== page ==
Accelerating the Future

As we look ahead, it’s clear that Africa shows significant promise for economic, technological and infrastructure growth over the coming years. Yet, there are still many challenges we must overcome if we are to deliver real sustainable change for all.

While there are parts of the continent trialing 5G services, majority of countries remain focusing on 3G and 4G as smartphone affordability improves year on year. The development of advanced wireless digital infrastructure is an integral part of Africa’s growing economy. Mobile broadband access has proved to be an essential driver of an inclusive information society that integrates digitization in all critical aspects of life, such as education, transport, health, energy and even homeland security. Never has this been more evident than during the current COVID 19 pandemic.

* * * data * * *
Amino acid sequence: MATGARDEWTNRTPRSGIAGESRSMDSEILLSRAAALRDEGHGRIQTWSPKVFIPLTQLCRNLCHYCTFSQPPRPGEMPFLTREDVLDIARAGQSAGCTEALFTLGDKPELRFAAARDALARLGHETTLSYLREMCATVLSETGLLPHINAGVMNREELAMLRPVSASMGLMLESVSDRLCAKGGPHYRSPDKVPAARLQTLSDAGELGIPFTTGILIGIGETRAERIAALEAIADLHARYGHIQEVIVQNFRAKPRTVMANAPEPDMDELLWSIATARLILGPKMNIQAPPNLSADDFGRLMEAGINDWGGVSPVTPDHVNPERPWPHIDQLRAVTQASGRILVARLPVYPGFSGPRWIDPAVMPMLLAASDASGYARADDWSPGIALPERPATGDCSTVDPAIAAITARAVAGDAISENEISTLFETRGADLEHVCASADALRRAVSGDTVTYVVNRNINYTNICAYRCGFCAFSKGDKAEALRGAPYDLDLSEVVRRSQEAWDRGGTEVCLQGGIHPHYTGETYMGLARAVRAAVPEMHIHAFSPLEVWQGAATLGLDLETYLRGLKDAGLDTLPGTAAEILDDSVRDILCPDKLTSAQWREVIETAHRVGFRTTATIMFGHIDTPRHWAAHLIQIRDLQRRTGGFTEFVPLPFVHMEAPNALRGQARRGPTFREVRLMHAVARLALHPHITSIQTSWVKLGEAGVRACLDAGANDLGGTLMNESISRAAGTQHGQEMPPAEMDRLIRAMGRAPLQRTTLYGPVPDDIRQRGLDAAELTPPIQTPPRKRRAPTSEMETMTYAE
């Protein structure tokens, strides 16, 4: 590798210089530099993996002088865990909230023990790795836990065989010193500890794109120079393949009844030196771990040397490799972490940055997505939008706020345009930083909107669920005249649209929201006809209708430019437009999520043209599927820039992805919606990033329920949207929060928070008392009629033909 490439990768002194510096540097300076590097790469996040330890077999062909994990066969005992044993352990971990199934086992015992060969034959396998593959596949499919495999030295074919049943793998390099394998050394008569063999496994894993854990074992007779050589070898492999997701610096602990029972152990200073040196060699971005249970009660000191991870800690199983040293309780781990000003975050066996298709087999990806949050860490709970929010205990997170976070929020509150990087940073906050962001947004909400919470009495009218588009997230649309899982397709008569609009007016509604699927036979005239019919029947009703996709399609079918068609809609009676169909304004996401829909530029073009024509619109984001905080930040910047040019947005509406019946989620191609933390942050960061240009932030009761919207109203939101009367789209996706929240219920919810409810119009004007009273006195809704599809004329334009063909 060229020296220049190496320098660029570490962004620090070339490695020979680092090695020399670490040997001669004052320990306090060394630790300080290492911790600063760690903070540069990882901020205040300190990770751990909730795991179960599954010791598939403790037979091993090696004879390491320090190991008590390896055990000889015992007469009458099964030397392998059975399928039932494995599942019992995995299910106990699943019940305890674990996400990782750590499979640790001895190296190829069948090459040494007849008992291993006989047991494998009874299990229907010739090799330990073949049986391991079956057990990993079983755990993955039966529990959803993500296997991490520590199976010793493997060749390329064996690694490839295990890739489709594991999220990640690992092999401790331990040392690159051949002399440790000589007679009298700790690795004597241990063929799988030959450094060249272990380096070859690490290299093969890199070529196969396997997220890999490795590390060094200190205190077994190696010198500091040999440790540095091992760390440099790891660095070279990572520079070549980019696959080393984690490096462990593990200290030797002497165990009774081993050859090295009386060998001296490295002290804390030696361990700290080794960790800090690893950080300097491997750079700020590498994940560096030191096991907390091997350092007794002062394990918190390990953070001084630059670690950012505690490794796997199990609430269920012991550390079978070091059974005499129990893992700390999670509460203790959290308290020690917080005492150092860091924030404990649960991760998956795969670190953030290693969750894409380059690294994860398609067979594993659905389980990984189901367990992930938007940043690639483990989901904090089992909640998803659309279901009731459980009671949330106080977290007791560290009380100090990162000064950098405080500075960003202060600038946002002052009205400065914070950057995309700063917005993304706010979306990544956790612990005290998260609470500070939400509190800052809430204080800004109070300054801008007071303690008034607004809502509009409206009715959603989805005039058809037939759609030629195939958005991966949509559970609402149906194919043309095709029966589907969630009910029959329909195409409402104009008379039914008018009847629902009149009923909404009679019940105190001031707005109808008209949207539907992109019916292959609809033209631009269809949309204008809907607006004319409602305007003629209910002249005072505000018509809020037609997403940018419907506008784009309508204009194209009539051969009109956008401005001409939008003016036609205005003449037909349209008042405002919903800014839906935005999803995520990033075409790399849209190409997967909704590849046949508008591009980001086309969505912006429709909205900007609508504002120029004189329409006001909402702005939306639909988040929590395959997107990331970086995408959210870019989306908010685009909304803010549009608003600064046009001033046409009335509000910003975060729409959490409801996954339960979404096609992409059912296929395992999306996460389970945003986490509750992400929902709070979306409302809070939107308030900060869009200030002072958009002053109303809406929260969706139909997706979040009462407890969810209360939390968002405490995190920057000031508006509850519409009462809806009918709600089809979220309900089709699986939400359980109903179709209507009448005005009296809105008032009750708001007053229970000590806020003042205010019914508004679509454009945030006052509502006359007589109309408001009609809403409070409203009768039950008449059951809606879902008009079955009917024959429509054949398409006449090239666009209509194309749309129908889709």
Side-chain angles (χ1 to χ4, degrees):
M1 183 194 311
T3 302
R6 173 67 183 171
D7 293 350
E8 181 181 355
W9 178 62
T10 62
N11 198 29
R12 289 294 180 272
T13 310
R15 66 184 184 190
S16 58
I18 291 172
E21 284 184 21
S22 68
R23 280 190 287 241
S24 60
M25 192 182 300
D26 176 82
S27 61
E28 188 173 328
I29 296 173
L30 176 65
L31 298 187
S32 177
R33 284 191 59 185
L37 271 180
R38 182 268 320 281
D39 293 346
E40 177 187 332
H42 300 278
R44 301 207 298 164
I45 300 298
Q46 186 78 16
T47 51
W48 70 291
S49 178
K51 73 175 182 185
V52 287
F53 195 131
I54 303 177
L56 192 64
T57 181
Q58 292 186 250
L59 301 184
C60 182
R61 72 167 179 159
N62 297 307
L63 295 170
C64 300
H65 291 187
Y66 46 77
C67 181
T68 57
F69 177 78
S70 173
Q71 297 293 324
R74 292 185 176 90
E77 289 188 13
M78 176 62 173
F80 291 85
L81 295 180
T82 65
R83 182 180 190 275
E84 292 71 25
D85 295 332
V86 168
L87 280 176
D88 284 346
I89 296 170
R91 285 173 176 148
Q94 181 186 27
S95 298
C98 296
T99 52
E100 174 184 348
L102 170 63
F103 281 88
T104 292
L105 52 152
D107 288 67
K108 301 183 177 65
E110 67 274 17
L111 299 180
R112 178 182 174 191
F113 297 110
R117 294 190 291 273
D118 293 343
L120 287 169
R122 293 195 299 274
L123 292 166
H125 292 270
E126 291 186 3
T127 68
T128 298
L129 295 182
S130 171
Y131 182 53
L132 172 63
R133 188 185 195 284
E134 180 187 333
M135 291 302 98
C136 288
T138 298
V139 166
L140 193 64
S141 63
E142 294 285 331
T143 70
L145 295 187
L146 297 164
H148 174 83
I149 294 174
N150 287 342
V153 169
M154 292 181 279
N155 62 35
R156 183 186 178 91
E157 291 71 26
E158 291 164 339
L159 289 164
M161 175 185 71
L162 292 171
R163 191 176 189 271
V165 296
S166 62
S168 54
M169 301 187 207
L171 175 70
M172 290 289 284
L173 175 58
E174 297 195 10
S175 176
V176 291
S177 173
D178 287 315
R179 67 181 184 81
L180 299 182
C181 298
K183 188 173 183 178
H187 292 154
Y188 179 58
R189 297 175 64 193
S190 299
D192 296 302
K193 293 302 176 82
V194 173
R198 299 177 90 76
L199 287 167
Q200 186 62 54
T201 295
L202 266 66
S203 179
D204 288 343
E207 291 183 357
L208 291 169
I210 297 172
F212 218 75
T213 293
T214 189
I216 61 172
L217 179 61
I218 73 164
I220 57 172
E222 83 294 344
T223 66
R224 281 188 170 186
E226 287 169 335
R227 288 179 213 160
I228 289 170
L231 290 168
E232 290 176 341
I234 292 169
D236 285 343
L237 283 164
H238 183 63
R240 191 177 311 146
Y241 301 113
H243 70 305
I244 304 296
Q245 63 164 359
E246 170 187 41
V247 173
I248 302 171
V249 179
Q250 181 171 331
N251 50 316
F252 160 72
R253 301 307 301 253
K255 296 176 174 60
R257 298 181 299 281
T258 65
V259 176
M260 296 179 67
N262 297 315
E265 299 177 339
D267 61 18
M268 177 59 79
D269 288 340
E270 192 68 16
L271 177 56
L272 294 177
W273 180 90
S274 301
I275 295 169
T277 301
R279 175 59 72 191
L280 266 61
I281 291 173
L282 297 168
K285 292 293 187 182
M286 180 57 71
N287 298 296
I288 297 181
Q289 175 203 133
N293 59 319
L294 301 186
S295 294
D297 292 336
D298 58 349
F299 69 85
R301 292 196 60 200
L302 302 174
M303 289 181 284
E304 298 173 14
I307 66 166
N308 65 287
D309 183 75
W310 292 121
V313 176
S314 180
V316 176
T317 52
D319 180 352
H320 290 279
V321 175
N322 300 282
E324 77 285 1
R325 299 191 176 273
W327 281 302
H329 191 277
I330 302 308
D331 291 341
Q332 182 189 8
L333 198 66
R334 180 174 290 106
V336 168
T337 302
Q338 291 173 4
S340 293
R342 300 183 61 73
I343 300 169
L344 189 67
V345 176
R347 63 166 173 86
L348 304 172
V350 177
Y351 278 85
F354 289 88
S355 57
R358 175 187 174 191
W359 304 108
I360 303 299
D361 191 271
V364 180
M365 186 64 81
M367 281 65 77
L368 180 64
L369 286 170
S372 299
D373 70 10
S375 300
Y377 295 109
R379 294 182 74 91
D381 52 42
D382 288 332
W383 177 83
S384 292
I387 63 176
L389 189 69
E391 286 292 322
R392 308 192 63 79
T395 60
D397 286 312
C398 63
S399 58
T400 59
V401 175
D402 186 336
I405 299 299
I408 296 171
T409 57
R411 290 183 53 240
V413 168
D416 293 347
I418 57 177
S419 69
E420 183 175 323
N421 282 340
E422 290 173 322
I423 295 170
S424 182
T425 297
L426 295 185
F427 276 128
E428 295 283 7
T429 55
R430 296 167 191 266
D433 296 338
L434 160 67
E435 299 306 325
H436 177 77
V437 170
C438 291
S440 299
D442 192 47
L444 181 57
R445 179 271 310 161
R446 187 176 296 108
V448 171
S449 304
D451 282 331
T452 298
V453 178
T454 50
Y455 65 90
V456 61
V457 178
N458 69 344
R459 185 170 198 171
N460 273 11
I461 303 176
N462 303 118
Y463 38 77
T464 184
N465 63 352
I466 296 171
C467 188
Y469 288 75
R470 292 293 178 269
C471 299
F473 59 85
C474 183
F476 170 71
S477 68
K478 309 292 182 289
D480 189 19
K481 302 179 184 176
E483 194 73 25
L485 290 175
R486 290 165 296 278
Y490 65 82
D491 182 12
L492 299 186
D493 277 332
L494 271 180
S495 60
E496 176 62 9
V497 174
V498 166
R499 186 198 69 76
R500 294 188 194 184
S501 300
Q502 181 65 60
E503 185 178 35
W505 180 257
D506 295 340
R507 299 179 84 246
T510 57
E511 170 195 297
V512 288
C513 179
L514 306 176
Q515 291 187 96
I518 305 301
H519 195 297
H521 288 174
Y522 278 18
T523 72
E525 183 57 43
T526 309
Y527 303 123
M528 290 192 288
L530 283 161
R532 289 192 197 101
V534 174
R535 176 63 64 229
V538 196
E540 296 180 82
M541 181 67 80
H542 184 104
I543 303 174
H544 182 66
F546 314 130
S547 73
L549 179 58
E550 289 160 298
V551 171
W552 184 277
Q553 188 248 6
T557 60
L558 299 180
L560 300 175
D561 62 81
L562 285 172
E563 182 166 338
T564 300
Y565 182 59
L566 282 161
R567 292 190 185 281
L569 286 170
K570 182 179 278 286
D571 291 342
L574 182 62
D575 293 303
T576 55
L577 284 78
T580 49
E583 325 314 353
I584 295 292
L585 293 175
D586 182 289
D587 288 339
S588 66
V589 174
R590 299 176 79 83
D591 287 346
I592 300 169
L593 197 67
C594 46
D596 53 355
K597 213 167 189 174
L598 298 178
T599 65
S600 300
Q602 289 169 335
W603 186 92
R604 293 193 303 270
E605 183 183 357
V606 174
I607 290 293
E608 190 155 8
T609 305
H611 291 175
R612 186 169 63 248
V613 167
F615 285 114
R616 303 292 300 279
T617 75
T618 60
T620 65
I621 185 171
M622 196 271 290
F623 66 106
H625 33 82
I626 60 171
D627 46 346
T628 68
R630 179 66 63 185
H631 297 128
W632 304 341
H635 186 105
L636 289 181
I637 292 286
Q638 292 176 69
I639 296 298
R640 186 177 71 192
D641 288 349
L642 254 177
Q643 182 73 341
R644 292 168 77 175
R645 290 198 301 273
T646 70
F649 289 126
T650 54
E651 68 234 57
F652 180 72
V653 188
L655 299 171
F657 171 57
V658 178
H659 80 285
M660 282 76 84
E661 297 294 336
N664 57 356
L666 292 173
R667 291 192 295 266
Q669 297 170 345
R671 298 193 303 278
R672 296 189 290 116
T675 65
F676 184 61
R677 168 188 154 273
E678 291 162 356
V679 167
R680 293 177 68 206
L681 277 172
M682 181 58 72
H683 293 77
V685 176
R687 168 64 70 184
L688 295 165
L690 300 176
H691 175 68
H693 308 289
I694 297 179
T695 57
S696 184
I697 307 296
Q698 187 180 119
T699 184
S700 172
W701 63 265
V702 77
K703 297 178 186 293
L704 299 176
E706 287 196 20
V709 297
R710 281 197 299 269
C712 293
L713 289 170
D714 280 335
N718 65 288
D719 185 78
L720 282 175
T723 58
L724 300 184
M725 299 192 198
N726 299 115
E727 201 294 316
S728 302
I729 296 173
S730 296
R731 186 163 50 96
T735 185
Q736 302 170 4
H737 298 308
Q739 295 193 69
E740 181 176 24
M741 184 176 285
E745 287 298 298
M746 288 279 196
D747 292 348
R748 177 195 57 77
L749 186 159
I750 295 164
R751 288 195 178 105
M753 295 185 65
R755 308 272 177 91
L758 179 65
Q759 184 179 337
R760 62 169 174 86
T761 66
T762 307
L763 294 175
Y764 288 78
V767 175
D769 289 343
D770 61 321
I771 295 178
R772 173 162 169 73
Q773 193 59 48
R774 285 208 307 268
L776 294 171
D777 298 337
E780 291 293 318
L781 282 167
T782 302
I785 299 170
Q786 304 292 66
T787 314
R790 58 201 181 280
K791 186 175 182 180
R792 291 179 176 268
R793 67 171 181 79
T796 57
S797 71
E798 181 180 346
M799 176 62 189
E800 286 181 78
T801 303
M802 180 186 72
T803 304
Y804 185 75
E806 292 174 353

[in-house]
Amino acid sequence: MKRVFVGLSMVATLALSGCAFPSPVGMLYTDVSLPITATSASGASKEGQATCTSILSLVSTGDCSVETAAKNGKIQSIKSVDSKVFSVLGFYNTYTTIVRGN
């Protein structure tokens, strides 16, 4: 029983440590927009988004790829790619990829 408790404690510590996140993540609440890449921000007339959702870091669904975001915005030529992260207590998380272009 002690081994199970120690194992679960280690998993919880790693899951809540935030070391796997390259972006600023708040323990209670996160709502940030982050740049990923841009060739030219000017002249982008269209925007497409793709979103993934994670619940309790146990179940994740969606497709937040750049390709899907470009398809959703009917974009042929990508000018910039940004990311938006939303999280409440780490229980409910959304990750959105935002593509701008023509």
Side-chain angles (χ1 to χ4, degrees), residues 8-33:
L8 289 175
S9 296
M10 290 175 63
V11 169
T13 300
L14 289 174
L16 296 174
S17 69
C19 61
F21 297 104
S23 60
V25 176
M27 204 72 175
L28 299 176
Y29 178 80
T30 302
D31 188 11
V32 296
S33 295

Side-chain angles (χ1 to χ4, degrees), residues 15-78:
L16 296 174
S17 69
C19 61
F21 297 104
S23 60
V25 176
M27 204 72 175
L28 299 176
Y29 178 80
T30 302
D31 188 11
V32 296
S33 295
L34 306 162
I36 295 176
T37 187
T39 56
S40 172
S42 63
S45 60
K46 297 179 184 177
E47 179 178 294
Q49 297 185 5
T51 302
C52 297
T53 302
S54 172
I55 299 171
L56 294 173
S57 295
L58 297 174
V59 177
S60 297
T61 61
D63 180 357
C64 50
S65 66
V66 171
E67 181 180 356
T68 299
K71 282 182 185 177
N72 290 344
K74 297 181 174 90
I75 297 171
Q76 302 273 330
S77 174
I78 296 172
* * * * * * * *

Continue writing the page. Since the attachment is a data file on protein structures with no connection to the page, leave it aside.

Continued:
‘‘We are focusing on assuring best performing networks in Africa, while also offering the best digital services and solutions to our customers. Our aim is to create a unique customer experience evolving from networks adopting automation, artificial intelligence and analytics. One of our focus areas also is reducing time-to-market and flexibility in launching services for our customers towards their subscribers. From an operations perspective, we emphasis driving service delivery efficiency through adoption of advanced tools. We will continue our purposeful growth of mobile broadband, fixed wireless access and fintech services so that our service provider partners reach out to further communities across the continent’’, said Fadi Pharaon.